Author: Laura Clèries, PhD.
Head of ELISAVA Research and Director of the Master in Design through New Materials
Materials and material-driven design have emerged as an important driver in the transition to the circular economy (1). Studies show that more than three out of four decisions influencing the final choice of materials and manufacturing processes are made during the design phase whilst over over 80% of the ecological and economic costs are made before the object is actually created.
Design and materials have a pivotalinfluence on the way that products and services are made and used – they are therefore a crucial element in a shift towards more resource-efficient economy (2). Issued from a recent study that we performed, we ackowledged 6 type of materials categories that could fall into the ‘circular materials’ classification.
In this first post related to Materials & Sustainability, we present the two initial ones:
(a) Grown materials:
A series of projects have been proposing alternative ways of ‘manufacturing things’ by growing them using living organisms.
Definition: Materials that are grown through the use of bacteria or fungi.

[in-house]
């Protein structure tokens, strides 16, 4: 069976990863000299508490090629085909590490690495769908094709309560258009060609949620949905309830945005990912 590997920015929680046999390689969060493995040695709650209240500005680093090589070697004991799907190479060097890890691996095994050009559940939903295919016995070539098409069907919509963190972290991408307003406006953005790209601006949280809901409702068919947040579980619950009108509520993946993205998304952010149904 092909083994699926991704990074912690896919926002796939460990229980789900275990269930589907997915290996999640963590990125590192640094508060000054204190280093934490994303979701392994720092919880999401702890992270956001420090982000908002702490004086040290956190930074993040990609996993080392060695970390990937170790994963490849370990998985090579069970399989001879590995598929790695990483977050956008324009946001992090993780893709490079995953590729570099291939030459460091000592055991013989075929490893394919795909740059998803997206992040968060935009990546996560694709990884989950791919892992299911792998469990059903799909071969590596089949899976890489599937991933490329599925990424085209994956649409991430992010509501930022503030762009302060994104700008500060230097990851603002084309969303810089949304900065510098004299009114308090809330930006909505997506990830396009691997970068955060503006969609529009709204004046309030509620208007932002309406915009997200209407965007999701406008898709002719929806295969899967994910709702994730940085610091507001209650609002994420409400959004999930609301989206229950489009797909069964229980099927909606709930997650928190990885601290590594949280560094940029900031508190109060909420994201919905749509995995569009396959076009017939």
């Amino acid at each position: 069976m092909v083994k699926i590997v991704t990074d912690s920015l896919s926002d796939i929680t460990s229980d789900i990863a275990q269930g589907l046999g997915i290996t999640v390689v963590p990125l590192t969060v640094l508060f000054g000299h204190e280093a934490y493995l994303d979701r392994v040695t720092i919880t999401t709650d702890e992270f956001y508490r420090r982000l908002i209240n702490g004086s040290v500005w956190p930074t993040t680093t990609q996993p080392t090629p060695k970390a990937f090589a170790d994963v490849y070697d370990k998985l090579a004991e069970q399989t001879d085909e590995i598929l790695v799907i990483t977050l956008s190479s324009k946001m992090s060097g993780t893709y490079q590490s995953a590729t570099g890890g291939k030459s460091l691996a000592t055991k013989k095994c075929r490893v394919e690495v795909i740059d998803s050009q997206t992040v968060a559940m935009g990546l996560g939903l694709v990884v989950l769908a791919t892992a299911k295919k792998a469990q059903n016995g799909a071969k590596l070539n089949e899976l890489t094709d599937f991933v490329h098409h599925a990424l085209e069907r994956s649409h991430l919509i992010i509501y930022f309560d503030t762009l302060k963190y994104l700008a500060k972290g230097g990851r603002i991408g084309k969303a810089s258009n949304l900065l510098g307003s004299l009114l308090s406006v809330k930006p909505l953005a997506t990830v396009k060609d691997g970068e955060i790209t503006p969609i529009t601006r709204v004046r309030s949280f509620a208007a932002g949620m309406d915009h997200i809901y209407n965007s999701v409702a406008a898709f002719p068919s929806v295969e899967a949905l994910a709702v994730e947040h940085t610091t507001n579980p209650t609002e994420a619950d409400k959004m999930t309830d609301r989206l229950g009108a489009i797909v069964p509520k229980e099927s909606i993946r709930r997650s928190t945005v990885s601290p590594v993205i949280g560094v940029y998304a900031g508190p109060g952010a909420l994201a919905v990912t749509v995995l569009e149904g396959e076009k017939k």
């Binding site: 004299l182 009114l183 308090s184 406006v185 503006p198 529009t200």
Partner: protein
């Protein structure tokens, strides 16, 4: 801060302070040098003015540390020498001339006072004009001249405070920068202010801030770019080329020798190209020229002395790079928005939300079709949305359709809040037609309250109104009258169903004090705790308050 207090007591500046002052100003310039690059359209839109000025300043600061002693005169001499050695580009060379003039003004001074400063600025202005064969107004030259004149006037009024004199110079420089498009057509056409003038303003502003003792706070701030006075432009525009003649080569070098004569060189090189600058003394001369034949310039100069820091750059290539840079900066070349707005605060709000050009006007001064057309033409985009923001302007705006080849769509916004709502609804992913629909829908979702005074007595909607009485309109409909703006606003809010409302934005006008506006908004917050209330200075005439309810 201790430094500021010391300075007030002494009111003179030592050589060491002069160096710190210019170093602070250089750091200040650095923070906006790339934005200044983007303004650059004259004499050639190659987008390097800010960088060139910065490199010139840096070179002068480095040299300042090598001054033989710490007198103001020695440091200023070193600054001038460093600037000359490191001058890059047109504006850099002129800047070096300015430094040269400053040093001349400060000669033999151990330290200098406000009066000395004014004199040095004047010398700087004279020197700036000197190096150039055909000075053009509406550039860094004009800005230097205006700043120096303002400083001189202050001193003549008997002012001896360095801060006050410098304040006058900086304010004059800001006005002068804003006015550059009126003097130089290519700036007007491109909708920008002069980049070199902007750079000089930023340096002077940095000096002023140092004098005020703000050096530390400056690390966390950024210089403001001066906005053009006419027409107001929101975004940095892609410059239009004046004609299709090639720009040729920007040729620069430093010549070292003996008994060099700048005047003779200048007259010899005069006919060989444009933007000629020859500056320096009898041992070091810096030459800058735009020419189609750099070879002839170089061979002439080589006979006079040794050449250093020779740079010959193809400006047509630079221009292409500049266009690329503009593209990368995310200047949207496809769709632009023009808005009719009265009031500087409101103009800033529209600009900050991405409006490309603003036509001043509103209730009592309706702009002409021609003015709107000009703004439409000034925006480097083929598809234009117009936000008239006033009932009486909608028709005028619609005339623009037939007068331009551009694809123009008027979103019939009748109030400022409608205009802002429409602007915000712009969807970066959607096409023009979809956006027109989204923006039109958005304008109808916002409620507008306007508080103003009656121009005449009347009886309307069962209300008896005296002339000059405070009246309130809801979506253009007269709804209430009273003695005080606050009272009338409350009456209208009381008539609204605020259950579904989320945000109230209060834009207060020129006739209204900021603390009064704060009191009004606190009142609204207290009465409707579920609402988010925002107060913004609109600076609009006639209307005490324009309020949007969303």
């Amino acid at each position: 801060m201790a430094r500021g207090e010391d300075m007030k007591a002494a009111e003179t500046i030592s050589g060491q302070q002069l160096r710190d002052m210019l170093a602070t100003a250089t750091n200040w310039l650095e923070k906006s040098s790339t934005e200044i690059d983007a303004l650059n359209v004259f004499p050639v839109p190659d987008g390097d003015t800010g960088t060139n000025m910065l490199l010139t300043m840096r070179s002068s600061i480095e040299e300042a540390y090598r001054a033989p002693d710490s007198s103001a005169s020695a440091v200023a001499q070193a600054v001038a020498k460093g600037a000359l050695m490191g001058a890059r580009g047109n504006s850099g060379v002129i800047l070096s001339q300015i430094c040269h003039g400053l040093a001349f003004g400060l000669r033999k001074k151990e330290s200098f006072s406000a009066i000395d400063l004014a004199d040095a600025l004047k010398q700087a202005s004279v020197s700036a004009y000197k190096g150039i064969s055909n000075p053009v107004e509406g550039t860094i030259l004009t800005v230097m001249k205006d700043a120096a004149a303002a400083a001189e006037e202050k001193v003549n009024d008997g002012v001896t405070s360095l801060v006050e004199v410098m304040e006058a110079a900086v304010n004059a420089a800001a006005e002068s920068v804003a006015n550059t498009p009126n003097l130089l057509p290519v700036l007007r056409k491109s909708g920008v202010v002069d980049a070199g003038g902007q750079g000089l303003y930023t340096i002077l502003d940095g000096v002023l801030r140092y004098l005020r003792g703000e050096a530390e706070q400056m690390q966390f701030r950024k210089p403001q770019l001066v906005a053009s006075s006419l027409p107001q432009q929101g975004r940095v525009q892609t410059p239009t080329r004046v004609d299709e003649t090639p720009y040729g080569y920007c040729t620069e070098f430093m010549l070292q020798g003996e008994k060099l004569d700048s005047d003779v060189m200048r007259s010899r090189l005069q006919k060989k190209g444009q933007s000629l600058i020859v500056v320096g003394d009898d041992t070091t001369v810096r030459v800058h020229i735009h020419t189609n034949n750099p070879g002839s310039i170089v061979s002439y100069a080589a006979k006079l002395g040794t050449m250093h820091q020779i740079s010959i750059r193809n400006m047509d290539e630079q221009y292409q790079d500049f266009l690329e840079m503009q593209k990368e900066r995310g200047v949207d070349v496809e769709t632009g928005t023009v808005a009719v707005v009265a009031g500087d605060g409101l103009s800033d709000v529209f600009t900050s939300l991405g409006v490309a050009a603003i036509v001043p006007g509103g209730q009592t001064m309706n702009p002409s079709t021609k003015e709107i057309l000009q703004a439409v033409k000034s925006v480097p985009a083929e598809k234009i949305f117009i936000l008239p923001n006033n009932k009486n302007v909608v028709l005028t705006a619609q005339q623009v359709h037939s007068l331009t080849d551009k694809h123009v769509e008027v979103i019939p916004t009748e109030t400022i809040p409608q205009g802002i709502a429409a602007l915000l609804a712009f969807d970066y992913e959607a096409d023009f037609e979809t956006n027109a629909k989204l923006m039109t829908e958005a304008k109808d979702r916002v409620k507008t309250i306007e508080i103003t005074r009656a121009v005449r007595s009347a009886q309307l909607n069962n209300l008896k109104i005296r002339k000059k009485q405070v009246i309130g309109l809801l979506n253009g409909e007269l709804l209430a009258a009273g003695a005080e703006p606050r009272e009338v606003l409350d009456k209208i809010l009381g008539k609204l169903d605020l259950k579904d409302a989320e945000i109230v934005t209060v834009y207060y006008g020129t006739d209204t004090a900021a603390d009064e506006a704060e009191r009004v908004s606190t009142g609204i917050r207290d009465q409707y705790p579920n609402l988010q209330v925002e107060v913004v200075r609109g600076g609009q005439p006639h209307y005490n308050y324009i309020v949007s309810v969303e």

Project/industry application: Small home objects, construction bricks, insulation panels, future textiles for fashion and accessories,…
Reasoning behind: Biological processes to generate materials, implicate a low environmental impact since they easily biodegrade.
More info: http://www.modernmeadow.com/
More info: http://www.corpuscoli.com/
More info: http://ualresearchonline.arts.ac.uk/10405/
(b) Waste materials:
A large materials category, coming from both experiemental and industrial projects
Definition: Composite materials that are created out of harvested waste
Project/industry application: Chairs, tables, stools, footwear, clothing, home accessories, fashion accessories (glasses, watches, jewelry), construction panels, architectural elements (kitchen fixtures,..),..
Reasoning behind: Reuse of existing waste, undeeming the use of resources. Landfills as resource locations
More info: http://www.woojai.com/paperbricks.html
More info: https://smile-plastics.com/
More info: http://www.graviky.com/air-inktrade.html
(1) Circular Design Guide, Ellen MacArthur Foundation+IDEO https://www.circulardesignguide.com/
(2) What is the designer’s role in bringing about a circular economy? http://designforeurope.eu/news-opinion/creating-design-action-plan-circular-economy